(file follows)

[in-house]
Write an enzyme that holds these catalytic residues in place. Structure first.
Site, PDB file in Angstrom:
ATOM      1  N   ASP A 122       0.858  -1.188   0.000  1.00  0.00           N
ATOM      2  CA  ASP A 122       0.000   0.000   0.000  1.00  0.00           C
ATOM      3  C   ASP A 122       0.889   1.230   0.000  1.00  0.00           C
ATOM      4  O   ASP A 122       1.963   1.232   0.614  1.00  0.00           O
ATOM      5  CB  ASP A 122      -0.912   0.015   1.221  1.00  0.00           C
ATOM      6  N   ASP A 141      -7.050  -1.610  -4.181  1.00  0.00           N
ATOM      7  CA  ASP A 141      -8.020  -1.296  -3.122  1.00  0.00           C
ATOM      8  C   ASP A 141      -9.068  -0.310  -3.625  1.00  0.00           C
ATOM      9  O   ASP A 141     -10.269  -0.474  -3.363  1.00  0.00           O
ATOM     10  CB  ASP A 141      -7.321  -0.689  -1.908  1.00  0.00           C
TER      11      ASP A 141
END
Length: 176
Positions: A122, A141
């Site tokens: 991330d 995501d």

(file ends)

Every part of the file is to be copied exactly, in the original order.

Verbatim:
[in-house]
Write an enzyme that holds these catalytic residues in place. Structure first.
Site, PDB file in Angstrom:
ATOM      1  N   ASP A 122       0.858  -1.188   0.000  1.00  0.00           N
ATOM      2  CA  ASP A 122       0.000   0.000   0.000  1.00  0.00           C
ATOM      3  C   ASP A 122       0.889   1.230   0.000  1.00  0.00           C
ATOM      4  O   ASP A 122       1.963   1.232   0.614  1.00  0.00           O
ATOM      5  CB  ASP A 122      -0.912   0.015   1.221  1.00  0.00           C
ATOM      6  N   ASP A 141      -7.050  -1.610  -4.181  1.00  0.00           N
ATOM      7  CA  ASP A 141      -8.020  -1.296  -3.122  1.00  0.00           C
ATOM      8  C   ASP A 141      -9.068  -0.310  -3.625  1.00  0.00           C
ATOM      9  O   ASP A 141     -10.269  -0.474  -3.363  1.00  0.00           O
ATOM     10  CB  ASP A 141      -7.321  -0.689  -1.908  1.00  0.00           C
TER      11      ASP A 141
END
Length: 176
Positions: A122, A141
């Site tokens: 991330d 995501d």